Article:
HONG KONG - Hong Kong authorities may start on Tuesday to clear the site in the Mong Kok district where pro-democracy protesters have camped out for more than a month in their "Occupy" campaign to fight for universal suffrage.
The protesters, who have been occupying a long stretch of Nathan Road in Mong Kok, have been formally notified that a clearance operation may take place on Tuesday afternoon, Radio Television Hong Kong reported on Monday.
The High Court had granted a taxi drivers' group an injunction earlier in November to remove barricades put up by the protesters in the Mong Kok site as well as the main protest site in Admiralty on Hong Kong Island.
Notices of an injunction authorising the removal of barricades have also been posted in the occupied area, and in local newspapers, RTHK said.
It cited a lawyer who represents the taxi drivers' group, Phyllis Kwong, as saying that protesters who obstruct bailiffs from removing barricades will be arrested for contempt of court.
Bailiffs had cleared the area outside CITIC Tower in Admiralty last week with little resistance from the mostly-student protesters.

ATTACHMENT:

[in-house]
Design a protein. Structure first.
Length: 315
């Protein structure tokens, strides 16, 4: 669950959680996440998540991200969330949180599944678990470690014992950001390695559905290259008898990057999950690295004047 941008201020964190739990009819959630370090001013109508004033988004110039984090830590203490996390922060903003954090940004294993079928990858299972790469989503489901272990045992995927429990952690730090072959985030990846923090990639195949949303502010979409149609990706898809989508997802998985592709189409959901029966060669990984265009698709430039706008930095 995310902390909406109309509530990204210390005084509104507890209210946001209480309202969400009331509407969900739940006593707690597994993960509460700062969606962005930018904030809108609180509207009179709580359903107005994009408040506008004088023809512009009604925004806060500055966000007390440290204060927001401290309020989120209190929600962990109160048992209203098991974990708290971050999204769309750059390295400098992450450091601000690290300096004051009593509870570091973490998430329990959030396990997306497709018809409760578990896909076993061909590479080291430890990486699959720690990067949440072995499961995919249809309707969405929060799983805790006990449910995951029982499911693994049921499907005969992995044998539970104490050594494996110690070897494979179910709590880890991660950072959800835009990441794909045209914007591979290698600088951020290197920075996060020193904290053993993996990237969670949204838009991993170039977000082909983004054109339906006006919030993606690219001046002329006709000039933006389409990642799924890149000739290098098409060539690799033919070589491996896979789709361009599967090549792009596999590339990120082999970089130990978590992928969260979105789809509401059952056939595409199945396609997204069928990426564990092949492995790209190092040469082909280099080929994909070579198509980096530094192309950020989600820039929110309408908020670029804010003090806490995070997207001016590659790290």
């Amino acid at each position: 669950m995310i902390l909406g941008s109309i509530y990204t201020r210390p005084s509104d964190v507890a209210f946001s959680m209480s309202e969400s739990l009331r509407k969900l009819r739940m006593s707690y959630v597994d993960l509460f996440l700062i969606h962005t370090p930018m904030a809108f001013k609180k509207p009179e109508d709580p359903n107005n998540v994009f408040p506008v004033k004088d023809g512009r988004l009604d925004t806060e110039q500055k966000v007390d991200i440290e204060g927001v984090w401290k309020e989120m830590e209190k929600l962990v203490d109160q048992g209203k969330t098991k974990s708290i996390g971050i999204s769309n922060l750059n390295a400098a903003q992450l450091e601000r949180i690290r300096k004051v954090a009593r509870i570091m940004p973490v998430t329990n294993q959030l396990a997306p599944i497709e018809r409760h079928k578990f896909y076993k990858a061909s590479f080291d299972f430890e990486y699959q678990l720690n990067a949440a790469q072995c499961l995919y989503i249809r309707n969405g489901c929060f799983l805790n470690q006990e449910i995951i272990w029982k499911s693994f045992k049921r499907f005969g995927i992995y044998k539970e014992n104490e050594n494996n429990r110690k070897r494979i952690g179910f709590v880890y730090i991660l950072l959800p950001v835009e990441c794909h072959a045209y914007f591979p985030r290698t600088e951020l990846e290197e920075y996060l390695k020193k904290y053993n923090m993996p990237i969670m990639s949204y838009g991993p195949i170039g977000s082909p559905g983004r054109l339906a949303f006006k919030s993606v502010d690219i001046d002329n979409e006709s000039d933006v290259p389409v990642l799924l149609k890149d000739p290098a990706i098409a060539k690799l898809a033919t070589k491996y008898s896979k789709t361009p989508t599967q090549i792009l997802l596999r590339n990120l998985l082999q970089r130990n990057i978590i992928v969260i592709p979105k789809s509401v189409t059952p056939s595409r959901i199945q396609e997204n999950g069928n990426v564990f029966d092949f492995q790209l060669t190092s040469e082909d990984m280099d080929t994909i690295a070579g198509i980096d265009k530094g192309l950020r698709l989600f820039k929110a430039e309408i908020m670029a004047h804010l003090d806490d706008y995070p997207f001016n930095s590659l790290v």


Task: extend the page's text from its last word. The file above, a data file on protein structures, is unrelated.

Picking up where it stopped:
Tommy Cheung, a member of the Federation of Students - one of the main organisers of the Occupy movement, said protesters were "ready" for the clearance in Mong Kok, RTHK reported.
The movement, which drew more than 100,000 at its peak in late September to early October, has attracted rising public resentment over the traffic gridlock and other inconveniences, as well as protester fatigue.
A poll by the Chinese University of Hong Kong earlier in November found that over two-thirds of those surveyed said the protesters should end their occupation immediately.
The protesters are demanding open nominations in the city's Chief Executive election in 2017.
Beijing has said it will allow a vote in 2017, but only for candidates screened by a committee.